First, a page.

Everyone has heard of the KISS method — Keep It Simple, Stupid.
Nowhere is that more important than in project management. Yet you’ve undoubtedly come across people in your project management career who enjoy taking the simplest of concepts or project tasks and making them needlessly complicated, confusing and confounding.
It’s an art to simplify. The truth is that it takes skill to take what is complicated and boil it down into its simplest form. Skilled simplifiers take what is popularly called the beginner’s mind, a Zen approach to break things down to the basics and experience the world as if you’re newly born to it.
You’ll have many opportunities as a project manager to introduce new concepts and ideas to your team and clients. There are always new technologies, processes, interactions among various groups, and scores of moving parts at any given moment in time. Rather than spend your time making tasks and ideas even more complicated, focus on making them as simple as possible by taking the following five steps.
First, the scenario: A client approved a 12-page Statement of Work (SOW) and it has been handed to you. You must explain the scope of work to your team so everyone can get an understanding of what the final deliverable looks like and start working on their pieces.
- Scan the Material – The first step is to just scan over the document itself. You don’t need to spend a lot of time in any particular area, but rather just get an overview of the project from beginning to end. At this point you need to see the big picture, or the forest for the trees. You need to understand what the beginning looks like, what the end looks like, and have a rough idea of the path that will get you and your team from start to finish.
- Digest the Material – Once the general outline takes shape in your mind, go back and do the deep dive. This is when you dig into every word and sentence to extract actionable meaning from the SOW. You will want to have a highlighter and pen with you during this exercise, and get away from distractions such as email, phones, or anything else that will cause your mind to start, stop, start, and stop over and over again. Highlight important objectives and milestones, make notes where more clarification is needed, and write down questions and thoughts in a notebook for later reference and simplicity. You may need to go through the document a number of times in order to make sure you understand it completely, which leads to step three.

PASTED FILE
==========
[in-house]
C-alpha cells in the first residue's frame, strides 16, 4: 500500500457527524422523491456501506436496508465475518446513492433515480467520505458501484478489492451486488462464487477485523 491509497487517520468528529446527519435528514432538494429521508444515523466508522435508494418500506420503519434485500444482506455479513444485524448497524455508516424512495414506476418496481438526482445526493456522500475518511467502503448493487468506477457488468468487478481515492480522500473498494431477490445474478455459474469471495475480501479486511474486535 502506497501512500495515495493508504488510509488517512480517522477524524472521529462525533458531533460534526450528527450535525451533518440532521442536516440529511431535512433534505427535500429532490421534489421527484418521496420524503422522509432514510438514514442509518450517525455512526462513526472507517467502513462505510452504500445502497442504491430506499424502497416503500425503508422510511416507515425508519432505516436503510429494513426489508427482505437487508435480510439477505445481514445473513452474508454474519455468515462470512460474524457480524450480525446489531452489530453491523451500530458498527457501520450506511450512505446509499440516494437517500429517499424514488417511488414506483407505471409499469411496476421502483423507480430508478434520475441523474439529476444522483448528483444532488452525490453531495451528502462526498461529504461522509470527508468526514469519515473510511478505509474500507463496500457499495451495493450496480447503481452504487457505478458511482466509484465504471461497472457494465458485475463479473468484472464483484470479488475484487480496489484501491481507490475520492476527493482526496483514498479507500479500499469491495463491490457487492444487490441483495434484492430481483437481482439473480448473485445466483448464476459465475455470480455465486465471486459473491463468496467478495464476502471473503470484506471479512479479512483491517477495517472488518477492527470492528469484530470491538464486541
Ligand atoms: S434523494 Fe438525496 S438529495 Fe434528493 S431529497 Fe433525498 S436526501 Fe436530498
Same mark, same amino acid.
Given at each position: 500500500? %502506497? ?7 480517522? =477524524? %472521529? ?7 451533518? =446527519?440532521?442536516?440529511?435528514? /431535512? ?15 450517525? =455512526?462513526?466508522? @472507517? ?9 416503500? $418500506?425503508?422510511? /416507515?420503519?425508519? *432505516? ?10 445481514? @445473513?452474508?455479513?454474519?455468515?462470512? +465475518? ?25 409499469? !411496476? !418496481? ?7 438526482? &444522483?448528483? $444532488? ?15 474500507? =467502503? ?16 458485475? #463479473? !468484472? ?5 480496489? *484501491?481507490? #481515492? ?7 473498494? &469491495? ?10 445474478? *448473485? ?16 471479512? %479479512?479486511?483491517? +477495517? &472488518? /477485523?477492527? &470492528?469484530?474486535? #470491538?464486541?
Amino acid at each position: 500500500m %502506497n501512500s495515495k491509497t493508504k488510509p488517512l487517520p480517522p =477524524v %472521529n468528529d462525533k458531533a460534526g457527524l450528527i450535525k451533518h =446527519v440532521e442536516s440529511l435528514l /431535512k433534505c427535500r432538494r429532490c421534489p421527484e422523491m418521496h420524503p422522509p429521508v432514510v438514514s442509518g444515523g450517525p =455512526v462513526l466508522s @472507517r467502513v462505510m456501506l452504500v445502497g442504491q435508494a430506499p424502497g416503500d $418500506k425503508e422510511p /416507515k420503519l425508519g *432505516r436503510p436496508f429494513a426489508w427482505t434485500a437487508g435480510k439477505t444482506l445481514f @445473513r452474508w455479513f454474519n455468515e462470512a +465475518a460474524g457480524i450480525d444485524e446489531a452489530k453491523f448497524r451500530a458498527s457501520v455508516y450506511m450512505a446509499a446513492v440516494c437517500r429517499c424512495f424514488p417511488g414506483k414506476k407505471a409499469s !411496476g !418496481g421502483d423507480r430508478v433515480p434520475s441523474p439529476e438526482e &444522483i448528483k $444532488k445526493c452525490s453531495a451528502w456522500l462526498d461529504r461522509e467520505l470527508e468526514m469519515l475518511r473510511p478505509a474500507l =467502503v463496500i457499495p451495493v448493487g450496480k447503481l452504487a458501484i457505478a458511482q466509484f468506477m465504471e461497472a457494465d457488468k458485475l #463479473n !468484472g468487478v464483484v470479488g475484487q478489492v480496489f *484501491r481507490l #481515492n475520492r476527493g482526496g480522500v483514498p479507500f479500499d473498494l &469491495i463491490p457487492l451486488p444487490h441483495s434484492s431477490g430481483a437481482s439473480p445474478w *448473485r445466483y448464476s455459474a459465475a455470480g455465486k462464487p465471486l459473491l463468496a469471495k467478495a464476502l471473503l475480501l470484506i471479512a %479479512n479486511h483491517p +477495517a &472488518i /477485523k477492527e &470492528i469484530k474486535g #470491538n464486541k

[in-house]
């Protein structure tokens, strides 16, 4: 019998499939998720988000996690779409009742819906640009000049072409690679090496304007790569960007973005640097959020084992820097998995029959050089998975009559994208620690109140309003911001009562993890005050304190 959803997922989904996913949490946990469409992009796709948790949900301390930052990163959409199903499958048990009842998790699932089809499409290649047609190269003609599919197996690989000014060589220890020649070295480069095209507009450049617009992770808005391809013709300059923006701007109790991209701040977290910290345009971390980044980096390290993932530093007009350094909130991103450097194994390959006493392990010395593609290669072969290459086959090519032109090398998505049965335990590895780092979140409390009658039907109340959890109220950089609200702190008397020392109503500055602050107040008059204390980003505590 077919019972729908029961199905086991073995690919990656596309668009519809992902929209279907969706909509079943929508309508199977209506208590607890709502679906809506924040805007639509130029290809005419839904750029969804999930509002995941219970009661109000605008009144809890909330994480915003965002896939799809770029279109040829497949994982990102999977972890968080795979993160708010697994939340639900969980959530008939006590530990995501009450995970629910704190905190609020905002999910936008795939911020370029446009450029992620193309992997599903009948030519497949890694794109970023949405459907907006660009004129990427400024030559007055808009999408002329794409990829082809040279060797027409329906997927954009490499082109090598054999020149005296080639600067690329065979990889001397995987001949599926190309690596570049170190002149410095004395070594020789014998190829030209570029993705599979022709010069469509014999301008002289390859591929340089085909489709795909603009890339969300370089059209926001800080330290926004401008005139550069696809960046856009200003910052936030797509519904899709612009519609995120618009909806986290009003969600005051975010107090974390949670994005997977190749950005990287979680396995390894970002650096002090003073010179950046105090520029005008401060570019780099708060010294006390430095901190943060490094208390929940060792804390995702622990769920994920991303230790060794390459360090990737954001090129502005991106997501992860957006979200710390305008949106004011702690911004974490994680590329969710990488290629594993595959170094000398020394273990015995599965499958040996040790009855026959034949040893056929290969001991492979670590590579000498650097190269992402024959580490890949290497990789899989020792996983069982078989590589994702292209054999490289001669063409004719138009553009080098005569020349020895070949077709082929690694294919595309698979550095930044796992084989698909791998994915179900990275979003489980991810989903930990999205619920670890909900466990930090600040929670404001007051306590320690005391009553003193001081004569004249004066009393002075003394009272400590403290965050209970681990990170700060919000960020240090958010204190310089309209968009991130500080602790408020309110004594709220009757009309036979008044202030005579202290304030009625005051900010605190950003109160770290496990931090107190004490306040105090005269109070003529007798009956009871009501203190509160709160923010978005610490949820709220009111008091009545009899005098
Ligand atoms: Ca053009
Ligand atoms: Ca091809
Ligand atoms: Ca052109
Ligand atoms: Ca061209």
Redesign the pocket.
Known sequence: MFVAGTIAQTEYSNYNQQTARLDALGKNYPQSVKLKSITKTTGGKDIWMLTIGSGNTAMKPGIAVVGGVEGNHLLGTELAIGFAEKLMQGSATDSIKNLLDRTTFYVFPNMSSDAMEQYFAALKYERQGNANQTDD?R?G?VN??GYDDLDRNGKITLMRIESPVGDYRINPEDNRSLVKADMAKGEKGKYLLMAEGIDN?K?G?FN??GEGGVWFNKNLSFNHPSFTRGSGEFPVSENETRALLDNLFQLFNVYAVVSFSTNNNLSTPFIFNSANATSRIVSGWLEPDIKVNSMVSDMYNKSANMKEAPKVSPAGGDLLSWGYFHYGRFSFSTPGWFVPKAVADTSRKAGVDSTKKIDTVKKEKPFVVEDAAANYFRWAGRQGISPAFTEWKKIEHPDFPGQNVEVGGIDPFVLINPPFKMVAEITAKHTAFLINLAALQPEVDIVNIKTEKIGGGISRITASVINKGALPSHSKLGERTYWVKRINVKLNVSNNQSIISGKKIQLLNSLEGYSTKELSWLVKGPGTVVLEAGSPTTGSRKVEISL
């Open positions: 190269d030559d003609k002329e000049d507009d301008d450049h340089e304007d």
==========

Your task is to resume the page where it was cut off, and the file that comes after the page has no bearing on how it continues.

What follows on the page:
- Pause to Reflect – Take a few moments and ask yourself, “Does this make 100% sense to me?” You need to be intellectually honest here. There may be parts of the document that truly don’t make any sense to you, but you either fool yourself into thinking you understand, or convince yourself that it will make more sense later. Don’t delude yourself. Take the time to uncover or discover whatever facts are missing. If you find that you don’t understand certain areas, go find the right person to talk to that will help fill in the gaps or answer any questions you may have. You’ll need the answers later when you’re explaining it to someone else. Rest assured that if you have questions, others will too, so take the time to get them answered.
- Draw a Picture – A picture is worth a thousand words, and the same is true when it comes to understanding a complex subject. We’re not talking about creating a Picasso or DaVinci here, but we are talking about using flow charts, swim-lane diagrams, mind-maps or whatever type of diagram you prefer to get the point across. Putting a complex subject or process into a diagram helps identify relationships, contingencies, dependencies, and other vital information that you will need to describe to someone else. It will also make apparent any gaps or missing information.
- Explain it Somebody Else – Once you’ve gone through the four steps above, you are now ready to explain a complicated and involved subject to somebody else…simply. Do a dry run with one or two colleagues and see if what you’ve put together makes sense to them. What questions do they still have? Is there a look of confusion on their face? If so, you haven’t made things simple enough and need to do more work to get there. Once you’ve answered all their questions and wiped that confused look from their face, you’re ready for prime time.
The same five steps will work whether you need to explain a SOW, teach somebody new technology, or explain the results of a complicated set of data. Remember, complexity is not a virtue. You want people to understand what you are saying, but first YOU must understand. You’ll be delighted with the results when the light bulbs that turn on over everyone’s heads illuminate the room!
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